Electrostatic unitsThe electrostatic system of units (ESU) is a system of units used to measure quantities of electric charge, electric current, and voltage within the centimeter-gram-second (or "CGS") system of metric units. In electrostatic units, electrical charge is defined by the force that it exerts on other charges.Although the CGS units have mostly been supplanted by the MKSA (meter-kilogram-second-ampere) or International System of Units (SI) units, the electrostatic units are still in occasional use in some applications, most notably in certain fields of physics such as in particle physics and astrophysics.

The main electrostatic units are:

The statcoulomb, called the Franklin or the "esu" for electric charge.

The statvolt for voltage.

The gauss for magnetic induction.

FaradThe farad (symbol: F) is the SI derived unit of electrical capacitance, the ability of a body to store an electrical charge. It is named after the English physicist Michael Faraday.

History of the metric systemThe history of the metric system began in the Age of Enlightenment with simple notions of length and weight taken from natural ones, and decimal multiples and fractions of them. The system was so useful it became the standard of France and Europe in half a century. Other dimensions with unity ratios were added, and it went on to be adopted by the world.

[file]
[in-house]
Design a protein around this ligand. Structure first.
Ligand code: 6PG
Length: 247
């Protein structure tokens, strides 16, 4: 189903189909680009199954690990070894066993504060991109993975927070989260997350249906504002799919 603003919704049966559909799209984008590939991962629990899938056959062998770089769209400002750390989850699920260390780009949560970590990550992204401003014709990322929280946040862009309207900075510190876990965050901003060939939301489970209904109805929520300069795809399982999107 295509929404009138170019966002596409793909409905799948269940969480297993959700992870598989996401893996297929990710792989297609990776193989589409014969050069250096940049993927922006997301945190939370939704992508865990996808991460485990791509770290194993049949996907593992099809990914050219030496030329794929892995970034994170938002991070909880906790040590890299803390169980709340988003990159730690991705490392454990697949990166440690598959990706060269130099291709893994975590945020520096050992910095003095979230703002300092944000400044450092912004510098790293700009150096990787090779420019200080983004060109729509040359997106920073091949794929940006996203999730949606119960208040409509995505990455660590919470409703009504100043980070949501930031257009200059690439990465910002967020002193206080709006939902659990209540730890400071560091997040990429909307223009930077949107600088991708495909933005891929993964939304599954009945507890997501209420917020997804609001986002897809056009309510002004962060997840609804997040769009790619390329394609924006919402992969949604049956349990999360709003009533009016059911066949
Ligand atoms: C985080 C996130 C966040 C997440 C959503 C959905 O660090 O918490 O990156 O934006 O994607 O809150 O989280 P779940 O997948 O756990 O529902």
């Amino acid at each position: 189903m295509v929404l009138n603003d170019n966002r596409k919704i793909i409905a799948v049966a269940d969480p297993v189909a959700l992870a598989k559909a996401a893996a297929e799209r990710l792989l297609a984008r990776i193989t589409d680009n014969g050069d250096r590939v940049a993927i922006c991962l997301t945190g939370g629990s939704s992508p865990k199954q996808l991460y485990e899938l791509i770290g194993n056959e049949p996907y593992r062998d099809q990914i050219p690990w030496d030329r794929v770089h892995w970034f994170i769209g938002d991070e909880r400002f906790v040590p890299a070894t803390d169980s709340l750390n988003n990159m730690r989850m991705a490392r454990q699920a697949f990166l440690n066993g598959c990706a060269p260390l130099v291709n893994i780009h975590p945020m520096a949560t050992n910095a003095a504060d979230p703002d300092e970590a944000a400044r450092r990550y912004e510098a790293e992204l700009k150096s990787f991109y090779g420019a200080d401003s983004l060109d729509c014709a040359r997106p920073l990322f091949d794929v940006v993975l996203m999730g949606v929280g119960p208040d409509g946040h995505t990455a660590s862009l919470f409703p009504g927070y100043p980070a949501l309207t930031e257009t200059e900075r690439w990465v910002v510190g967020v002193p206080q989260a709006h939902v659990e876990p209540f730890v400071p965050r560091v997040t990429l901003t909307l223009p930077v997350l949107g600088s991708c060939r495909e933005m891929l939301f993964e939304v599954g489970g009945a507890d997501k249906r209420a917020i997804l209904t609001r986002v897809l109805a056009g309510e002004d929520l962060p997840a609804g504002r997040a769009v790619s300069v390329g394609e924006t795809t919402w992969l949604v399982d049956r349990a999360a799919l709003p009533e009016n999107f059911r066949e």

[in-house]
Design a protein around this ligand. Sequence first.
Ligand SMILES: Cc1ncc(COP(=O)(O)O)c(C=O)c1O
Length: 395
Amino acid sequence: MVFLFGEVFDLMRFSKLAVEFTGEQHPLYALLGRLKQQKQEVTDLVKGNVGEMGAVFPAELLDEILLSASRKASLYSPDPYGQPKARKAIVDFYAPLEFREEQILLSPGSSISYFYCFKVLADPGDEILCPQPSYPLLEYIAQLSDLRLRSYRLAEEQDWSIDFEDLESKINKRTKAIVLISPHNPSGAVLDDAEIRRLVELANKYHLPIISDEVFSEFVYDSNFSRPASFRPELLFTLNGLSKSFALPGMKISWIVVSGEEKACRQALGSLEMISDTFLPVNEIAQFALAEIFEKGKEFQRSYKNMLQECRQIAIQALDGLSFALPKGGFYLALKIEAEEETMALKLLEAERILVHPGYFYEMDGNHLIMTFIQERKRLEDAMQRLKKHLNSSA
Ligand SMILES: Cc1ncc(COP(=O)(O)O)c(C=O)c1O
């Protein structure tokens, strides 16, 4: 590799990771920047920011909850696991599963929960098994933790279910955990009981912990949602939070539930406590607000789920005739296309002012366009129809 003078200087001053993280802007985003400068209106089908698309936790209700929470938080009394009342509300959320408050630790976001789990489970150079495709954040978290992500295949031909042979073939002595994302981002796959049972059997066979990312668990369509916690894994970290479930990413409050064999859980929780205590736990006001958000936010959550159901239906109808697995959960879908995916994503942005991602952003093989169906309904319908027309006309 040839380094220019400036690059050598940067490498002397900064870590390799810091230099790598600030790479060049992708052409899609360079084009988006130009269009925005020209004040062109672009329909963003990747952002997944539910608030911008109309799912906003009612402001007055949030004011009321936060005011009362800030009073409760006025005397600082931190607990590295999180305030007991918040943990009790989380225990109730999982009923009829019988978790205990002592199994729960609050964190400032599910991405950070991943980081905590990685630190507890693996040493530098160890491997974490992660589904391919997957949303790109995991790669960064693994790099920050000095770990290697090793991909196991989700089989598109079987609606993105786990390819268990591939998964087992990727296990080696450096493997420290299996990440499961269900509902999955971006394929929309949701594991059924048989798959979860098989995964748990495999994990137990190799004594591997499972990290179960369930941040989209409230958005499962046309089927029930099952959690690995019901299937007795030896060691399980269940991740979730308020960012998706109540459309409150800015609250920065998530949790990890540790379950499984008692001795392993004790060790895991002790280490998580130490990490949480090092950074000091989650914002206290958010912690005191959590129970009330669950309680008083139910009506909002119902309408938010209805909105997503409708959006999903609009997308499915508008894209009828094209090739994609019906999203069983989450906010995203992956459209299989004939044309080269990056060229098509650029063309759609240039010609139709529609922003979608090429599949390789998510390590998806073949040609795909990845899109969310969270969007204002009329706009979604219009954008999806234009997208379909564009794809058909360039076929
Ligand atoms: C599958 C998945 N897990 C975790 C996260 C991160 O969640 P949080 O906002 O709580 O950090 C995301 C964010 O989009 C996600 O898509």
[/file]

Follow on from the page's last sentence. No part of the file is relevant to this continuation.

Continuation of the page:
The first practical realisation of the metric system came in 1799, during the French Revolution, when the existing system of measures, which had become impractical for trade, was replaced by a decimal system based on the kilogram and the metre. In the pre-scientific era, the basic units were taken from the natural world: the unit of length, the metre, was based on the dimensions of the Earth, and the unit of mass, the kilogram, was based on the mass of water having a volume of one litre or a cubic decimetre. Reference copies for both units were manufactured in platinum and remained the standards of measure for the next 90 years. After a period of reversion to the mesures usuelles due to unpopularity of the metric system, the metrication of France as well as much of Europe was complete by mid-century.